Tardigrades, which live on every continent on Earth, are also (maybe) living on the moon, following the crash of a lunar lander carrying thousands of the microscopic water bears.
Did any of them survive the impact? If they did, what happens to them now?
When the tardigrades were placed on the Israeli moon mission Beresheet, they were in a tun state — dehydrated, with their chubby limbs and heads retracted and all metabolic activity temporarily suspended. Their arrival on the moon was unexpectedly explosive; Beresheet's crash landing on April 11 may have scattered the microorganisms onto the lunar surface.
Tubby tardigrades are notoriously tough, but were the Beresheet tardigrades hardy enough to survive that impact? It's certainly possible that some of them made it to the moon intact. But what would that mean for the moon to have what might be thousands of Earth microbes as new inhabitants? And what might it mean for the tardigrades?
First of all, is anyone in trouble for accidentally spilling tardigrades on the moon? That's a complicated question, but the short answer is no. Space agencies from around the world follow a decades-old treaty about what is permissible to leave on the moon, and the only explicit prohibitions are against weapons and experiments or tools that could interfere with missions from other agencies, according to the 1967 Outer Space Treaty.
In the decades that followed the treaty, other guidelines were created that acknowledged the risks of seeding other worlds with Earth microbes, and these stipulations outlined practices for sterilizing mission equipment to avoid contamination. But even though large space agencies typically follow these rules, there is no single entity enforcing them globally, Live Science previously reported.
Scientists have yet to find any evidence that the moon ever hosted living organisms (other than visiting astronauts and microbial hitchhikers from Earth) that could be threatened by microscopic invaders. However, contamination could carry serious consequences for missions to planets where life might yet be found, such as Mars; experts suggest that one potential consequence of colonizing Mars could be the extermination of native microbial life through exposure to Earth bacteria.
It's possible that even before the Beresheet tardigrades crashed on the moon, other forms of terrestrial microbes were already there: gut bacteria in abandoned bags of astronaut poo, said Mark Martin, an associate professor of biology at the University of Puget Sound in Tacoma, Washington.
"I'd be very surprised if you couldn't culture a few things out of the center of that freeze-dried material," Martin told Live Science. "Especially spore-formers. They make a very thick outer layer of their spore proteins that's known to protect them against dehydration, radiation — a variety of things."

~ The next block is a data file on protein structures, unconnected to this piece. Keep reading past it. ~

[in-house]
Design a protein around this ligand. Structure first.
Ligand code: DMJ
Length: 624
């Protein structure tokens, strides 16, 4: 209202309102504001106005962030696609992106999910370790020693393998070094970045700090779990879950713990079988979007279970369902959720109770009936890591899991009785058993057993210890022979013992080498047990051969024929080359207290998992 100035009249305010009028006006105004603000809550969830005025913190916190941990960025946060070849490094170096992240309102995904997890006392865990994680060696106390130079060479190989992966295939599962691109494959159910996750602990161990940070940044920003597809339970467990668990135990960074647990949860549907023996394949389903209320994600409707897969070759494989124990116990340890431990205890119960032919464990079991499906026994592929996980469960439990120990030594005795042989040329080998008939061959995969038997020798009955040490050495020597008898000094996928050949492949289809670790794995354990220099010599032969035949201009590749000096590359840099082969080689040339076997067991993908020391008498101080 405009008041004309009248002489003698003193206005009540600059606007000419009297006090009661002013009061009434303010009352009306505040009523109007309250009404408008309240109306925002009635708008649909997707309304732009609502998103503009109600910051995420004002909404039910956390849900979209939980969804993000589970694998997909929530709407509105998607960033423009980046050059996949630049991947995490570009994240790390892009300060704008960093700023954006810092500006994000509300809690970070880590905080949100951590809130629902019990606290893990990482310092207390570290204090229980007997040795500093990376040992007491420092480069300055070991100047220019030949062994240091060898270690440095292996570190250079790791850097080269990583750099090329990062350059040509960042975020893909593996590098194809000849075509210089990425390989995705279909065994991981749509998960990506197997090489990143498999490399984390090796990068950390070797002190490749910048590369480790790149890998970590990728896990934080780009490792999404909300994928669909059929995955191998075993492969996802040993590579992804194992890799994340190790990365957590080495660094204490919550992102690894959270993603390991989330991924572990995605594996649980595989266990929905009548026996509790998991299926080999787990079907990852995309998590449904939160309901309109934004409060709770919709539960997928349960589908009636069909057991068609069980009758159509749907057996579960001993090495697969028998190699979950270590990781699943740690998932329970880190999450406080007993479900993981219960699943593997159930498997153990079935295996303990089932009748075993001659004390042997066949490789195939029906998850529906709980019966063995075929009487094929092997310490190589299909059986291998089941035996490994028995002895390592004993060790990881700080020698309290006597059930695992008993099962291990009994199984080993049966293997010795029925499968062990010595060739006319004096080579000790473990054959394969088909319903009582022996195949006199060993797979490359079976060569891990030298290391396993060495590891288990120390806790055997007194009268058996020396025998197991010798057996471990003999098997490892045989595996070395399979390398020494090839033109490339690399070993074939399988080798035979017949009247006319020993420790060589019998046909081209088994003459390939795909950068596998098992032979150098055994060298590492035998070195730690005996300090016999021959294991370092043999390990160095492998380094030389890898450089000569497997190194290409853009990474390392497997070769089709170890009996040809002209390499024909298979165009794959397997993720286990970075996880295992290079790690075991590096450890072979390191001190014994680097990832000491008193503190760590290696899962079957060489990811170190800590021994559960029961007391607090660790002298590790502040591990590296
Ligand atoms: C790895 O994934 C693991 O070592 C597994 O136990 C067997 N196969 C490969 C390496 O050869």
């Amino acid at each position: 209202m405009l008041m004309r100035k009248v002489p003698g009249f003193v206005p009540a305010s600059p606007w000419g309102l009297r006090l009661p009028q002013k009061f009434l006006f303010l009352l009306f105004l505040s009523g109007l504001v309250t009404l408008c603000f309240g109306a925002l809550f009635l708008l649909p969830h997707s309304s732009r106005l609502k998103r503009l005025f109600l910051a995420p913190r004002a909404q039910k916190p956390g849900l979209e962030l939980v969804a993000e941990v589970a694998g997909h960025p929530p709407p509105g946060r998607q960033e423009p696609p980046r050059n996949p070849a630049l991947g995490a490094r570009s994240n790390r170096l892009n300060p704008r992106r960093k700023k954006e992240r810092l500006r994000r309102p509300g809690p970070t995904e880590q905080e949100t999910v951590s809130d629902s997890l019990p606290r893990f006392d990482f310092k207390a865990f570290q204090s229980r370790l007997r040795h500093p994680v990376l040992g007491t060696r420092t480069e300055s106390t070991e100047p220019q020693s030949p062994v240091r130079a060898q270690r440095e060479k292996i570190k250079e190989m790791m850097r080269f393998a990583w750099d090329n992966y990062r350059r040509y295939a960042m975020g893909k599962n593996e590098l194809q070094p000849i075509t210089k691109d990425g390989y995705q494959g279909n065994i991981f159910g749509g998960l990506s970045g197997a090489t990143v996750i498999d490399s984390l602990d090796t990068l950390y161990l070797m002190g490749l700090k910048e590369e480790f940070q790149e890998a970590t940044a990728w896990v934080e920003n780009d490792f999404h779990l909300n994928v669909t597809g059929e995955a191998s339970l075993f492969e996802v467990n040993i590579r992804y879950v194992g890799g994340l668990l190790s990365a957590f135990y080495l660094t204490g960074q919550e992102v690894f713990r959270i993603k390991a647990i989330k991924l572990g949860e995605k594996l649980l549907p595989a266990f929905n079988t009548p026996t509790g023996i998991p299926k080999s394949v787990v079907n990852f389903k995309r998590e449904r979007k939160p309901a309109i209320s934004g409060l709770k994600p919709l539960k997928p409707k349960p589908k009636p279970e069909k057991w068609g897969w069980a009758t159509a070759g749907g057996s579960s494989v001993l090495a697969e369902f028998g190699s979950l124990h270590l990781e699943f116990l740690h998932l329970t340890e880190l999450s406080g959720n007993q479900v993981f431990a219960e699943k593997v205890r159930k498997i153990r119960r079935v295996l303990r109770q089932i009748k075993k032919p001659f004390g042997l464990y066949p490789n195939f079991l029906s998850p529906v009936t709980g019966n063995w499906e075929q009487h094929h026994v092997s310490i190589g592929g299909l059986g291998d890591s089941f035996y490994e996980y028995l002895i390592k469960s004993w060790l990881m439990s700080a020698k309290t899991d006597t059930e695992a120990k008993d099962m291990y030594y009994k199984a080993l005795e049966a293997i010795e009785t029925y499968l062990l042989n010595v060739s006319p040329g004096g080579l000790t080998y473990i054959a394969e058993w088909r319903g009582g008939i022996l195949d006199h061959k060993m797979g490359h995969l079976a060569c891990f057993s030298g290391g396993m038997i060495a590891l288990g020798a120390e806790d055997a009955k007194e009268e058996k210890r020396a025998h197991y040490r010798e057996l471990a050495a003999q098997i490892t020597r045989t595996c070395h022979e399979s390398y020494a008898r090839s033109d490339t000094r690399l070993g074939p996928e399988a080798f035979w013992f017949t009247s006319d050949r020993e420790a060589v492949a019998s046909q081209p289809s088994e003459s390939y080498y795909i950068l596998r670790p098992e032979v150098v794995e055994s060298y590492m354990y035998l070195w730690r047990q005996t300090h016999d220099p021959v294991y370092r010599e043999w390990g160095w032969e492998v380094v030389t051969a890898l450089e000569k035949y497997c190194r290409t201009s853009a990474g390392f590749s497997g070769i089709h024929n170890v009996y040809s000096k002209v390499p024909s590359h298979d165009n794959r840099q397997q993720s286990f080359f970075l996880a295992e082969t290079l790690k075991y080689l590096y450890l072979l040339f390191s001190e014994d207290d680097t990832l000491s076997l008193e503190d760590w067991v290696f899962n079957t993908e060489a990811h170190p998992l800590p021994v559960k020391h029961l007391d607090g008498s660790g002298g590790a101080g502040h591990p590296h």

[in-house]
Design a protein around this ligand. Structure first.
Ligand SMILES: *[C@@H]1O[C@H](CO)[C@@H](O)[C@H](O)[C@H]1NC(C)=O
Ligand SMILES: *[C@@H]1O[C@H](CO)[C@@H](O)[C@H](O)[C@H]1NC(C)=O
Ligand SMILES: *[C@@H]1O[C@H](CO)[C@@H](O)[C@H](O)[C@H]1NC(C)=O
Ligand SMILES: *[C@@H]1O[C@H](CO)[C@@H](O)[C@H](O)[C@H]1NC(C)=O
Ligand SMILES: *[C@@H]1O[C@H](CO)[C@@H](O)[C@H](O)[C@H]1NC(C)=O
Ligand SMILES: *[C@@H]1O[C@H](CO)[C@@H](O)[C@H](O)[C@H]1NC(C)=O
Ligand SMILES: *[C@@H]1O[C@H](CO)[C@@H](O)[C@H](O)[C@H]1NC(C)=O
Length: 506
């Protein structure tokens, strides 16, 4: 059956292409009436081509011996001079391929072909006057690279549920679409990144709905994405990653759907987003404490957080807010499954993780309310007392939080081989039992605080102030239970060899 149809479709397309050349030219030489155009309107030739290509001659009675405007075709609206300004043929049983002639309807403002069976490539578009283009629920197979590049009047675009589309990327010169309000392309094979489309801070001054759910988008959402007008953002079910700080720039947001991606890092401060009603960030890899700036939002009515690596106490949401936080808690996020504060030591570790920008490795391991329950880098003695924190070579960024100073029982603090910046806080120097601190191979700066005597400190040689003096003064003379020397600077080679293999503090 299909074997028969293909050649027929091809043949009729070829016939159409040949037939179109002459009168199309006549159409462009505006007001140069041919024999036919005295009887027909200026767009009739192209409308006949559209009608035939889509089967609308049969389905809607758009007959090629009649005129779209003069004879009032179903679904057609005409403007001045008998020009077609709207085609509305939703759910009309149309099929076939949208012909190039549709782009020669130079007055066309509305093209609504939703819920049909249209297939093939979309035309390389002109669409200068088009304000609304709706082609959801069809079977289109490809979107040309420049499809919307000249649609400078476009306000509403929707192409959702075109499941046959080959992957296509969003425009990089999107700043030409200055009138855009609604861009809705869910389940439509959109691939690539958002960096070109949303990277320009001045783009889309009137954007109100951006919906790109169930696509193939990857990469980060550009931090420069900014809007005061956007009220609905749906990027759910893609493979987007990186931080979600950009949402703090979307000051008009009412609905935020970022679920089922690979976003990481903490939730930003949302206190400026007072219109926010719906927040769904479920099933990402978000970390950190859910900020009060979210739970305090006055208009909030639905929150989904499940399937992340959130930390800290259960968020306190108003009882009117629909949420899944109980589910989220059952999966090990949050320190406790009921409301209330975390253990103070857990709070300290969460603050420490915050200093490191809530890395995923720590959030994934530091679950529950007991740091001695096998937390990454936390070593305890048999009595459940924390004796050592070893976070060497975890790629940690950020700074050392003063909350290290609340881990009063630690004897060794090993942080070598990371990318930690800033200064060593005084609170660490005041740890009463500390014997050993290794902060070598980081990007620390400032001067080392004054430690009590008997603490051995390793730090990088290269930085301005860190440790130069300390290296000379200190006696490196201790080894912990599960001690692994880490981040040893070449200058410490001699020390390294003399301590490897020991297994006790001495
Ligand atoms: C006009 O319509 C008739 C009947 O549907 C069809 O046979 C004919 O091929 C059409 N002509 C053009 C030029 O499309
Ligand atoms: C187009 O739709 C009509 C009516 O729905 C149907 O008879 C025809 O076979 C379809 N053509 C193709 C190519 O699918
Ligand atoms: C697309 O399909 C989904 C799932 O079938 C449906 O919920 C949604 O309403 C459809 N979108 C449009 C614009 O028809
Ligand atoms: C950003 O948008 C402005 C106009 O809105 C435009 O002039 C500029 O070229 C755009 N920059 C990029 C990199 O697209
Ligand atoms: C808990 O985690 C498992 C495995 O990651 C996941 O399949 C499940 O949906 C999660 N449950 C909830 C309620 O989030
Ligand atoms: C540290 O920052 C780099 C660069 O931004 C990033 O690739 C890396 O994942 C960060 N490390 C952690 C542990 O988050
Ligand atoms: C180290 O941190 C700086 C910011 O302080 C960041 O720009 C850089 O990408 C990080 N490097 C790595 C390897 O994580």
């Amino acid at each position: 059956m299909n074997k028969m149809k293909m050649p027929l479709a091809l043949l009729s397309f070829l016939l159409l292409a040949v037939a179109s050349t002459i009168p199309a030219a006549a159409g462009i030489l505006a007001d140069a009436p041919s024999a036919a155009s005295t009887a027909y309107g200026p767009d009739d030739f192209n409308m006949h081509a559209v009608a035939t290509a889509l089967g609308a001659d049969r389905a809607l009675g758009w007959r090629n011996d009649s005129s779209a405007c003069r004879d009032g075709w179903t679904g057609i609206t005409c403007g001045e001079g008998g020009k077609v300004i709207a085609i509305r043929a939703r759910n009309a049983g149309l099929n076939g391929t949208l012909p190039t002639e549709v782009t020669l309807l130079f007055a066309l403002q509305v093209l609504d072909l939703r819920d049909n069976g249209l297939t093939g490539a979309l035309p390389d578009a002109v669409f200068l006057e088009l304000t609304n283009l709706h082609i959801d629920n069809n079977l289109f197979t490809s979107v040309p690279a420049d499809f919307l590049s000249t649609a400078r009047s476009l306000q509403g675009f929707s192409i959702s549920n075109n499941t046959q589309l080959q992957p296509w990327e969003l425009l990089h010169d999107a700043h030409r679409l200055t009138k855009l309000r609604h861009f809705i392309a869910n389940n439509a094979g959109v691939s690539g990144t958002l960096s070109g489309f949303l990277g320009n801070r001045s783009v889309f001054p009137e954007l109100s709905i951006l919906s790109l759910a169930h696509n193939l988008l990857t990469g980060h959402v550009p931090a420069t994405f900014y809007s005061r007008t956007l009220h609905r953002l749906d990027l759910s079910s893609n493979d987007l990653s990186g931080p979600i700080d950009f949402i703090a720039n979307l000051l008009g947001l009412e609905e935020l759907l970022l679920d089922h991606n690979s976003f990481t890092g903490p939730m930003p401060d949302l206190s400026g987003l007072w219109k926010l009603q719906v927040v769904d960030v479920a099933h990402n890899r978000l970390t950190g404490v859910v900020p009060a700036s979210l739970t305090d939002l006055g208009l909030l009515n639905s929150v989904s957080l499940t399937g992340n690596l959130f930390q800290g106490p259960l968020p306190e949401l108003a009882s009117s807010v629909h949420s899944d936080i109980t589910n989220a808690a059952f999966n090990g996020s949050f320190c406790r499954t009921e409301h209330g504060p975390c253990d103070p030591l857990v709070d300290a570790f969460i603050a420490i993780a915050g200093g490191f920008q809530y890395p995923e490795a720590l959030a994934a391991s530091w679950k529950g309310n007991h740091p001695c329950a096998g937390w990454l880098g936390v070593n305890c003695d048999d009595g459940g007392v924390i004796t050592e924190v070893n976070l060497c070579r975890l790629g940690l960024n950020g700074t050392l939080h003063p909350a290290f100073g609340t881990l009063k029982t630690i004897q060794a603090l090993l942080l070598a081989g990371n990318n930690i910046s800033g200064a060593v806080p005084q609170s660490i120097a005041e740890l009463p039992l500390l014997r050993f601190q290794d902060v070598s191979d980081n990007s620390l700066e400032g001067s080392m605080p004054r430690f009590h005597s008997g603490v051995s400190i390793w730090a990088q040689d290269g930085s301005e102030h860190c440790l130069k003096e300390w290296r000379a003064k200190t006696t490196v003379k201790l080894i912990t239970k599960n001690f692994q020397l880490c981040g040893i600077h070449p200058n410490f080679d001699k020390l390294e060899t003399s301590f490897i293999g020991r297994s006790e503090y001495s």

Tardigrades survive conditions that would destroy most other organisms; they do so by expelling the water from their bodies and generating compounds that seal and protect the structure of their cells. The creatures can remain in this so-called tun state for months and still revive in the presence of water; scientists even resuscitated two tardigrades from a 30-year deep freeze in 2016.
As a tun, a tardigrade can weather boiling, freezing, high pressure and even the vacuum of space, the European Space Agency (ESA) reported in 2008, after sending water bears into orbit. Ultraviolet radiation turned out to be the tardigrades' kryptonite, as few of the creatures survived full exposure to UV light during the ESA experiments.
This could be good news for the desiccated Beresheet tardigrades. If they landed in a spot on the moon shielded from UV radiation, the microscopic creatures might stand a chance of survival, Martin said.
"My guess is that if we went up in the next year or so, recovered the wreckage, and found these tiny, little tuns and put them in water, a few of them would come back to life," he explained.
But as long as the tardigrades remain on the moon, their chances of spontaneously awakening are low. Without liquid water, the tiny creatures will remain in a tun state, and while there's evidence of ice on the moon, liquid water is nowhere to be found.
Even if the lunar tardigrades did somehow encounter liquid water while still on the moon, without food, air and a moderate ambient temperature, they wouldn't last very long once they revived, Kazuharu Arakawa, a tardigrade researcher with the Institute for Advanced Biosciences at Keio University in Tokyo, told Live Science in an email.
"Much as I would love to see the establishment of the Lunar Tardigrade Republic, I don't think that's going to happen," Martin said.
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Originally published on Live Science.
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Mindy Weisberger is an editor at Scholastic and a former Live Science channel editor and senior writer. She has reported on general science, covering climate change, paleontology, biology, and space. Mindy studied film at Columbia University; prior to Live Science she produced, wrote and directed media for the American Museum of Natural History in New York City. Her videos about dinosaurs, astrophysics, biodiversity and evolution appear in museums and science centers worldwide, earning awards such as the CINE Golden Eagle and the Communicator Award of Excellence. Her writing has also appeared in Scientific American, The Washington Post and How It Works Magazine.